Flush Hearth

Can a Hearth Be Flush With the Floor?

If you’re considering installing a fireplace in your home, you might wonder how high you should keep your hearth above floor level, if at all. The safety, effectiveness, and overall aesthetics of your fireplace are just some of the things you might be concerned about when it comes to flush hearths.

A fireplace hearth can be flush with the floor. There is no ideal height for a hearth; as long as it covers a large enough area around the fireplace and is made of non-combustible material, you may choose the height of your hearth based on how well it complements your home.

In the rest of this article, I will address various concerns regarding the ideal height of a fireplace hearth, as well as what you should consider before opting for a flush hearth. Let’s get started!

How Much Should a Hearth Stick Out of the Floor?

Gas and wood fireplaces use actual fire to produce heat, which might make you wonder whether keeping a floor-level hearth could be a fire hazard. Generally, as long as you’ve installed a large enough hearth made of non-combustible material, it is safe to use gas or wood fireplaces at floor level.

Still, considering elevated hearths keep the fire a bit farther away from the floor than flush hearths, it’s slightly riskier to use the latter.

To clarify, this doesn’t mean it’s unsafe to have a flush hearth, only that raised hearths are comparatively safer. But if this worries you, a quick way to improve the safety of a flush hearth would be to follow the USFA’s (The United States Fire Administration) recommendation of using a metal screen in front of your fireplace to stop ashes/embers from shooting out.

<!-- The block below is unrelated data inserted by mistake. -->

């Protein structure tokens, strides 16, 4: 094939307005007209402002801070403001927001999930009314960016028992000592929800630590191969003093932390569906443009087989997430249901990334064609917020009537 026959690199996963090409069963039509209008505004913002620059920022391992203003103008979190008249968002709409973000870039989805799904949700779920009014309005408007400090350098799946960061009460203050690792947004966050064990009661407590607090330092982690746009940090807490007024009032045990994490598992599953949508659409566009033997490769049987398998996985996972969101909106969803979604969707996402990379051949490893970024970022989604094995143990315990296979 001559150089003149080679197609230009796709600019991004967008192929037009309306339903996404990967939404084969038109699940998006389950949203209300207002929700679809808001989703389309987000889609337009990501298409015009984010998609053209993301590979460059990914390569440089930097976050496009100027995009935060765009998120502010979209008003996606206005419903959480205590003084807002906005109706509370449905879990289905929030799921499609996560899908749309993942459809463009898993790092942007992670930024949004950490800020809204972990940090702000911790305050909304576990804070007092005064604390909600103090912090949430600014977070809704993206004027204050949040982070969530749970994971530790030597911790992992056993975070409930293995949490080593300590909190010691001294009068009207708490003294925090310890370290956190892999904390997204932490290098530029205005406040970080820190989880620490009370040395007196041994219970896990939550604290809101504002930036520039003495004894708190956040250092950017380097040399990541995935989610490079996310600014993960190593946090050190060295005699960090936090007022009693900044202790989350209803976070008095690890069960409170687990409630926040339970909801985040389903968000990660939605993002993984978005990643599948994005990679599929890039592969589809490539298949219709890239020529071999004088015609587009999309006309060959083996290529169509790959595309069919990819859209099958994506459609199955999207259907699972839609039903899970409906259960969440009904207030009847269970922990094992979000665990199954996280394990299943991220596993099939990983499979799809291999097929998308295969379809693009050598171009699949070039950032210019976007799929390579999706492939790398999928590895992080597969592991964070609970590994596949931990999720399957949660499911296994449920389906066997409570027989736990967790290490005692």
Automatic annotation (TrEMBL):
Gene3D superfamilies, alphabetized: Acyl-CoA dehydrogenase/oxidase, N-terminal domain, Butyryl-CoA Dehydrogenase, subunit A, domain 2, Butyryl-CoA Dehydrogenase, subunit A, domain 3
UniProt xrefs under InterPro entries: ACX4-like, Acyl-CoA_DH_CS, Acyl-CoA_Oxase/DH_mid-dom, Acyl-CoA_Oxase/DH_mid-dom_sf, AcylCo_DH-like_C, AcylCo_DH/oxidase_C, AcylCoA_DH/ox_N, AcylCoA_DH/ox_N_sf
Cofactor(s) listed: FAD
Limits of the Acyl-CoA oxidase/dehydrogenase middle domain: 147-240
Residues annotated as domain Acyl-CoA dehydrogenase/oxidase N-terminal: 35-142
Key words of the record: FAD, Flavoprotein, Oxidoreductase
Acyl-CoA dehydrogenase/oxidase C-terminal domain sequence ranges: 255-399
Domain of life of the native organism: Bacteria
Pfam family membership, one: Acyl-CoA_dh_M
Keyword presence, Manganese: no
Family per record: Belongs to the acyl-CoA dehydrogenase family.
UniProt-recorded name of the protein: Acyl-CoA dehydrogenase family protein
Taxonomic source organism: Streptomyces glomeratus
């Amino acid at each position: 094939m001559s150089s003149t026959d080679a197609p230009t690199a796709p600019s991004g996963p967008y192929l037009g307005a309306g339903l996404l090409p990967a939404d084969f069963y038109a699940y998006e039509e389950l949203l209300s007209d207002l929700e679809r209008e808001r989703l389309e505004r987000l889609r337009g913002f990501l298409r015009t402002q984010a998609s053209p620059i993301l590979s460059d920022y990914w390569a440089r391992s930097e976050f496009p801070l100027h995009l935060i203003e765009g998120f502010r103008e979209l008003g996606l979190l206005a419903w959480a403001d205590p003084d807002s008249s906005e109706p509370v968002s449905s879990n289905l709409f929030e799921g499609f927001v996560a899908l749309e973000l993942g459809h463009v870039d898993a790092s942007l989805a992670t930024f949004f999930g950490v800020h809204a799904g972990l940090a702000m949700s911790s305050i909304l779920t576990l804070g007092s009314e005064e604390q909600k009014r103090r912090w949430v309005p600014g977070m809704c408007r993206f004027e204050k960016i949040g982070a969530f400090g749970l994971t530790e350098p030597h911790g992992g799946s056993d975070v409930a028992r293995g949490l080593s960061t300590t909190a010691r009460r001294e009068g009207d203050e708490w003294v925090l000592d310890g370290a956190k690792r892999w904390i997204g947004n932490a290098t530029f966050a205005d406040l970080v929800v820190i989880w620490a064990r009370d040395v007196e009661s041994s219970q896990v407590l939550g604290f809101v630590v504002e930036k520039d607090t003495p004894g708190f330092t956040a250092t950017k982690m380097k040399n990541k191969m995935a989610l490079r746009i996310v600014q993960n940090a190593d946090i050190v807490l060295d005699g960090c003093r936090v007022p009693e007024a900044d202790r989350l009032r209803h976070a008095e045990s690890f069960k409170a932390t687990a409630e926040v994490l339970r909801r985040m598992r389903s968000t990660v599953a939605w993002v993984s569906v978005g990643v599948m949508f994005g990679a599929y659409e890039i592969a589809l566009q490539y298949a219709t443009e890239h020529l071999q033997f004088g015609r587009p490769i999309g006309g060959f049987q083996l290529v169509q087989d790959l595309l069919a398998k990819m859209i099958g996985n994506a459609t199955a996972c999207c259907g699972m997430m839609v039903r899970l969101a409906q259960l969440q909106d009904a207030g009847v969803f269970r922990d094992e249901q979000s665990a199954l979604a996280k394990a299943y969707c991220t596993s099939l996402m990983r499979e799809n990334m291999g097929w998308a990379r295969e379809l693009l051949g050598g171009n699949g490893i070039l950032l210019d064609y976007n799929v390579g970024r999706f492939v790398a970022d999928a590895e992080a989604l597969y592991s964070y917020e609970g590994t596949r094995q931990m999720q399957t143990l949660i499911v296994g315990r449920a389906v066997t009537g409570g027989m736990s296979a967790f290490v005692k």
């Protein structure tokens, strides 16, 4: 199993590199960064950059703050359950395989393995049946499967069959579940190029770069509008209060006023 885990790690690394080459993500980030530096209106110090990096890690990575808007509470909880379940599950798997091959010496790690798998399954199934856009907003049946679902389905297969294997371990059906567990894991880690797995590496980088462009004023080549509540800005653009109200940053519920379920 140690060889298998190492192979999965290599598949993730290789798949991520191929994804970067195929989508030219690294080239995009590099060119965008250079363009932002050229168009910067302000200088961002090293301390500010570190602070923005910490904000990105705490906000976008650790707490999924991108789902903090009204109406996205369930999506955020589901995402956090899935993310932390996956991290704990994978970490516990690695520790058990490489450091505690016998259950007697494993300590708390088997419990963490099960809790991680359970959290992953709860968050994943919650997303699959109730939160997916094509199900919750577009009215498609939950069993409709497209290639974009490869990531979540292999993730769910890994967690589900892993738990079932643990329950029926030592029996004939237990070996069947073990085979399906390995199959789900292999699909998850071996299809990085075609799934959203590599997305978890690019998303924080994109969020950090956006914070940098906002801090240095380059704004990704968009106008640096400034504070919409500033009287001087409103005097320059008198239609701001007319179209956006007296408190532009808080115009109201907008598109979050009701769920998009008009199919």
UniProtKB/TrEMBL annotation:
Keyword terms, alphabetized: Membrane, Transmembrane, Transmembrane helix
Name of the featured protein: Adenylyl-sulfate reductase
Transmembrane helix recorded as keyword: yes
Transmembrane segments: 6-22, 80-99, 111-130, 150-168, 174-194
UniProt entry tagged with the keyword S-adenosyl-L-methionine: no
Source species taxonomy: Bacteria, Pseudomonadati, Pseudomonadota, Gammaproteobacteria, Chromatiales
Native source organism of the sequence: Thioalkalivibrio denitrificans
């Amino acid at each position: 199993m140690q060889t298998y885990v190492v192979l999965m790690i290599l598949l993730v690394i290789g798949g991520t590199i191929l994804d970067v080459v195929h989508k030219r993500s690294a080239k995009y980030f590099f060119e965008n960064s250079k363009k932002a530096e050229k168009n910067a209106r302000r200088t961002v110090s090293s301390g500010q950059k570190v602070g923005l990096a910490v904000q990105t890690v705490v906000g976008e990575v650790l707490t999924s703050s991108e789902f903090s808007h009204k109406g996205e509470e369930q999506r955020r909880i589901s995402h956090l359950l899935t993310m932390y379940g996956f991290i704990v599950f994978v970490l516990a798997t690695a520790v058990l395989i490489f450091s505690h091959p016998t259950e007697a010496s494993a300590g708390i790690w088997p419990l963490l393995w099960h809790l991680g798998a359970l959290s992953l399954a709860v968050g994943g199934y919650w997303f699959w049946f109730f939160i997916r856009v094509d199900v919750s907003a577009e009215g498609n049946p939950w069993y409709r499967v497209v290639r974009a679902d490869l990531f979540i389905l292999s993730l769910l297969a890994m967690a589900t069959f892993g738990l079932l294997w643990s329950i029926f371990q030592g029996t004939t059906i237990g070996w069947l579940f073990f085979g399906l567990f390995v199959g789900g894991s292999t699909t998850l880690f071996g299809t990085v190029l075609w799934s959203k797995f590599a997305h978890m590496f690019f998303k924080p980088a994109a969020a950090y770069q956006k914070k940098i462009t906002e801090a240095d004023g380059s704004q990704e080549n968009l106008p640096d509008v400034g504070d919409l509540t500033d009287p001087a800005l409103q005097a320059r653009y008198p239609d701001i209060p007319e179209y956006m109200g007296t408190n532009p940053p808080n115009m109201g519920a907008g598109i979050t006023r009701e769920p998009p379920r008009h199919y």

In the past, when fireplaces were used for cooking and heating, hearths were always kept above ground level. However, many modern fireplaces have hearths flush (on the same level) with the flooring.

If you own an electric fireplace, it really doesn’t matter much whether or not you opt for a flush or raised hearth — at least not from a safety standpoint. Since electric fireplaces don’t use actual fire, there’s no fire hazard, to begin with.

So, in these cases, your decision between these two types of hearths can be entirely based on design preferences. For example, if your house/apartment’s interior has a vintage appearance, you might want to go for a raised hearth. On the other hand, if your home has a more modern theme, a flush hearth may be a more suitable choice.

From the discussion above, it’s safe to conclude that it doesn’t matter how much the hearth is leveled above the floor (if at all); as long as the hearth is made of non-combustible materials like brick, limestone, slate, etc., and as long as the hearth covers a large enough area beneath the fireplace, you should be fine.

Generally speaking, you have four main options when it comes to choosing the level of your hearth — any of these options is fine as long as you pick the right material and ensure that the hearth is large enough:

Type of hearthDescriptionRough estimate of height from the floor